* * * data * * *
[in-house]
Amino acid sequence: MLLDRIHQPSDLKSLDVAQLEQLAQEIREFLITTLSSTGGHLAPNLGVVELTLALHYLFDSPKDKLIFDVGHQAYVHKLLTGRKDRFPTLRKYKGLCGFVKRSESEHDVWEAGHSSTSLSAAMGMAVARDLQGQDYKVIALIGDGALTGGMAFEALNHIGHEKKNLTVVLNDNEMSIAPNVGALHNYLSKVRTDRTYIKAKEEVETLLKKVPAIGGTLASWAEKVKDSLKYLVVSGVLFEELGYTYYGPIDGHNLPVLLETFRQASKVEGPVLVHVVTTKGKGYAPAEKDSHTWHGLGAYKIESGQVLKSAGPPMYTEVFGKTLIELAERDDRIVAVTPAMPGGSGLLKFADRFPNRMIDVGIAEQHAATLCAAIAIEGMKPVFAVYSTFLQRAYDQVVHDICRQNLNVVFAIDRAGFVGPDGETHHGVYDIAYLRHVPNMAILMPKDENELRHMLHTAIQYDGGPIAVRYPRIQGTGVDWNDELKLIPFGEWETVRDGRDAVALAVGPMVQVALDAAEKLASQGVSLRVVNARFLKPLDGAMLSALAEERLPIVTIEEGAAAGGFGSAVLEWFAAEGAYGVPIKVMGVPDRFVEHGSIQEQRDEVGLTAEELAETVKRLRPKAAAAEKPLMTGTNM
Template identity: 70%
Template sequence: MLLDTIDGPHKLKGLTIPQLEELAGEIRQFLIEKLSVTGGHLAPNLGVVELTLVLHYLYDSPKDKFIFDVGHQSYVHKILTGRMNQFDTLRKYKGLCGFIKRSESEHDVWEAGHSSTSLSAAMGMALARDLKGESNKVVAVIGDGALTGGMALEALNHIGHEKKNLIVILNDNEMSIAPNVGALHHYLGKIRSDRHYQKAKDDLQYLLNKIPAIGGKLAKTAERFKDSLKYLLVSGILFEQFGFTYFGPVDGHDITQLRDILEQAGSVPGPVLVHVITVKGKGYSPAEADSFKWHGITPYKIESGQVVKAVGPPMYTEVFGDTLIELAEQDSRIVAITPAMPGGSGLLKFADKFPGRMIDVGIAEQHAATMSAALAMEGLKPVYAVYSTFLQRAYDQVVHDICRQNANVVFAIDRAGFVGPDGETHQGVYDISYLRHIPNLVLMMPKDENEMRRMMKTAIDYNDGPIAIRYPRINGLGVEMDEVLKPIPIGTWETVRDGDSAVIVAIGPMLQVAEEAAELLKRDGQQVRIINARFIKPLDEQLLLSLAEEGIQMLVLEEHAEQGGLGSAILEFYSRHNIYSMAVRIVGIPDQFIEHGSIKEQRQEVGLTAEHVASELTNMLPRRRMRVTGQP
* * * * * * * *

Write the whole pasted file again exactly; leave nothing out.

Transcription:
[in-house]
Amino acid sequence: MLLDRIHQPSDLKSLDVAQLEQLAQEIREFLITTLSSTGGHLAPNLGVVELTLALHYLFDSPKDKLIFDVGHQAYVHKLLTGRKDRFPTLRKYKGLCGFVKRSESEHDVWEAGHSSTSLSAAMGMAVARDLQGQDYKVIALIGDGALTGGMAFEALNHIGHEKKNLTVVLNDNEMSIAPNVGALHNYLSKVRTDRTYIKAKEEVETLLKKVPAIGGTLASWAEKVKDSLKYLVVSGVLFEELGYTYYGPIDGHNLPVLLETFRQASKVEGPVLVHVVTTKGKGYAPAEKDSHTWHGLGAYKIESGQVLKSAGPPMYTEVFGKTLIELAERDDRIVAVTPAMPGGSGLLKFADRFPNRMIDVGIAEQHAATLCAAIAIEGMKPVFAVYSTFLQRAYDQVVHDICRQNLNVVFAIDRAGFVGPDGETHHGVYDIAYLRHVPNMAILMPKDENELRHMLHTAIQYDGGPIAVRYPRIQGTGVDWNDELKLIPFGEWETVRDGRDAVALAVGPMVQVALDAAEKLASQGVSLRVVNARFLKPLDGAMLSALAEERLPIVTIEEGAAAGGFGSAVLEWFAAEGAYGVPIKVMGVPDRFVEHGSIQEQRDEVGLTAEELAETVKRLRPKAAAAEKPLMTGTNM
Template identity: 70%
Template sequence: MLLDTIDGPHKLKGLTIPQLEELAGEIRQFLIEKLSVTGGHLAPNLGVVELTLVLHYLYDSPKDKFIFDVGHQSYVHKILTGRMNQFDTLRKYKGLCGFIKRSESEHDVWEAGHSSTSLSAAMGMALARDLKGESNKVVAVIGDGALTGGMALEALNHIGHEKKNLIVILNDNEMSIAPNVGALHHYLGKIRSDRHYQKAKDDLQYLLNKIPAIGGKLAKTAERFKDSLKYLLVSGILFEQFGFTYFGPVDGHDITQLRDILEQAGSVPGPVLVHVITVKGKGYSPAEADSFKWHGITPYKIESGQVVKAVGPPMYTEVFGDTLIELAEQDSRIVAITPAMPGGSGLLKFADKFPGRMIDVGIAEQHAATMSAALAMEGLKPVYAVYSTFLQRAYDQVVHDICRQNANVVFAIDRAGFVGPDGETHQGVYDISYLRHIPNLVLMMPKDENEMRRMMKTAIDYNDGPIAIRYPRINGLGVEMDEVLKPIPIGTWETVRDGDSAVIVAIGPMLQVAEEAAELLKRDGQQVRIINARFIKPLDEQLLLSLAEEGIQMLVLEEHAEQGGLGSAILEFYSRHNIYSMAVRIVGIPDQFIEHGSIKEQRQEVGLTAEHVASELTNMLPRRRMRVTGQP